Regardless, looking at the exposure latitude on this film stock -it’s definitely easier to shoot than color positive film, but I wouldn’t say it’s like Portra where you always get something. When you look at the photo above, you’ll see that yeah, you’ll get something, but some parts look over exposed. This photo was shot on a point and shoot so that could play some affect on it, but with automatic settings, it should still come out a little more contrasty and vibrant (in my opinion) and it doesn’t give me that natural quality and feel to it.
I think this film stock does have a wide exposure capability; however, when you push the limits, you won’t get exactly what Fujifilm says you’ll get. When you push over or under the exposure, 90% of the time, you’ll get a washed out, or grayish photo.
‘Superb Skin Tone Reproduction’
Next, the one that I really have been antsy to talk about – ‘superb skin tone reproduction.’ This feature is listed on Fujifilm’s website and on their Pro400H film datasheet, and honestly, I don’t agree with it.
I mean, maybe this is just one of those film stocks that works better in a studio, but when you’re using natural light, you rarely get ‘perfect’ skin tones while shooting with Pro 400H.
You can see in the photo above, there’s a grayish tone that’s affecting the skin tones in a negative way. I’m not sure if this is the fourth, cyan color dimension that Fujifilm mentions, but it doesn’t give off these warm, more orange skin tones that is more natural and realistic.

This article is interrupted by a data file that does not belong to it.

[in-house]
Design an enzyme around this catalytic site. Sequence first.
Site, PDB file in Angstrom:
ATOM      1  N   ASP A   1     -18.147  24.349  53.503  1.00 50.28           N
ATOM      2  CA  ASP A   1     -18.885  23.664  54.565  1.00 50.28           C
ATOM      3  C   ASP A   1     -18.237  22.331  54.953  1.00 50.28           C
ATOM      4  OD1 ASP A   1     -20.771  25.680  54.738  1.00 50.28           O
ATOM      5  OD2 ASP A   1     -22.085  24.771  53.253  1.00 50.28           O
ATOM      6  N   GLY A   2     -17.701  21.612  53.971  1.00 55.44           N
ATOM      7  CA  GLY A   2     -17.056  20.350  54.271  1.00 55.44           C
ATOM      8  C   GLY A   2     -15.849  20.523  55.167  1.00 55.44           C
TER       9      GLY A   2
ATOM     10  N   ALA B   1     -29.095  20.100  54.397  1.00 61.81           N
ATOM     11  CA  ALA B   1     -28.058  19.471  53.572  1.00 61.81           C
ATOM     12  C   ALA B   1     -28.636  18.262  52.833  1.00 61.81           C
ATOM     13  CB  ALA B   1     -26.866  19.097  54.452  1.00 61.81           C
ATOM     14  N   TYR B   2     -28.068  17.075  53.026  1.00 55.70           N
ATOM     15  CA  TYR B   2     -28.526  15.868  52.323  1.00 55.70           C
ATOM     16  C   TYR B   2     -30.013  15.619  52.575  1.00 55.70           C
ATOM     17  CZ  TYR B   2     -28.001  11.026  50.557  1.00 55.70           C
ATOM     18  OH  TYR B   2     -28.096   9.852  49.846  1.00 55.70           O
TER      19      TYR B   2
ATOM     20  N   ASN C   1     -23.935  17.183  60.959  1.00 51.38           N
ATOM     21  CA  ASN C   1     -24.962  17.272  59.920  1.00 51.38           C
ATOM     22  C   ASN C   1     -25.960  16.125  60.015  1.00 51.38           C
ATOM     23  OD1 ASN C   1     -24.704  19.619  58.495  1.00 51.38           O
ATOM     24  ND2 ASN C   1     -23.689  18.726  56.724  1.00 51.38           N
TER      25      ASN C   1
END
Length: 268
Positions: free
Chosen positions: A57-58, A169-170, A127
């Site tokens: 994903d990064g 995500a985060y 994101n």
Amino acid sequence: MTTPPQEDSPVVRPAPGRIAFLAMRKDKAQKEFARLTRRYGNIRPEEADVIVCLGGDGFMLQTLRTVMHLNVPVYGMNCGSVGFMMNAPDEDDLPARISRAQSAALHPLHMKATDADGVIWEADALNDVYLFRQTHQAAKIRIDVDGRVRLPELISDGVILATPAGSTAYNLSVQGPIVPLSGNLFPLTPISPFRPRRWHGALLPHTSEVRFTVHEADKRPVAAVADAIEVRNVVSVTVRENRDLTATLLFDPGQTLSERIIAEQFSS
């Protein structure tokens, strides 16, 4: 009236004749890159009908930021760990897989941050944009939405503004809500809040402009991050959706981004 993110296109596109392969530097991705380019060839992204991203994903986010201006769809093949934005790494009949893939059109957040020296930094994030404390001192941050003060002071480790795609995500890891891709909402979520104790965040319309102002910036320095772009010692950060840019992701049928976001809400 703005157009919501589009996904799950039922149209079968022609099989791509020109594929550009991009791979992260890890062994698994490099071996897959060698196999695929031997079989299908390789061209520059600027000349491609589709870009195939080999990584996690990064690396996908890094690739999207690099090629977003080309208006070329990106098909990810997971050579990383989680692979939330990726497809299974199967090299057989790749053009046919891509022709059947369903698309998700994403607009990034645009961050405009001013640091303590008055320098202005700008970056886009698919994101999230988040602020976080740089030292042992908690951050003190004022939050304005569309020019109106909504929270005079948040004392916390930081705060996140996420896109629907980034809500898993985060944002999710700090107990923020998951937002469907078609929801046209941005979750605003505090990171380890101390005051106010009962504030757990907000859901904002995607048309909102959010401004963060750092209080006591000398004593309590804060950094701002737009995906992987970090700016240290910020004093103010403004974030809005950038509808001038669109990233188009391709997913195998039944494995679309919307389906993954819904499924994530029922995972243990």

For me, this never drew me back to get the film again and shoot more. Maybe I’m too quick to judge, but hey – I don’t like wasting film. I’d rather just shoot with what I like, and it didn’t take me long to realize that I don’t like Fujifilm Pro 400H all that much. And there’s nothing wrong with that. I hope that if you are reading this and if you try Fujfilm Pro 400H it’s a great experience. For me; however, it didn’t work out, but I’m still moving forward trying tons of new film stocks :)
Faithful Color Representation
The last feature that I’m going to go over is that color representation. And by this, I’m speaking on color representation outside of skin tones. And contrary to the skin tone rendering that this film offers, I actually believe that the regular colors are quite alright, Nothing special, but they get the job done – and in some cases they exceeded my expectations. Below is a photo that I took of some bikes and I believe the colors were represented accurately, and quite bright actually.
If Fujifilm Pro400H was like this every shot, and for skin tones I’d definitely buy it more and use it more, but unfortunately it’s not one of my favorite film stocks. And I’m ok with sharing that because I want you to know that not all film stocks will be great just because they say ‘PRO’ on them. But hey, never judge a book by its cover. And even after reading a review like this, you should still pick up a roll and try it for yourself because at the end of the day, what do I know anyways?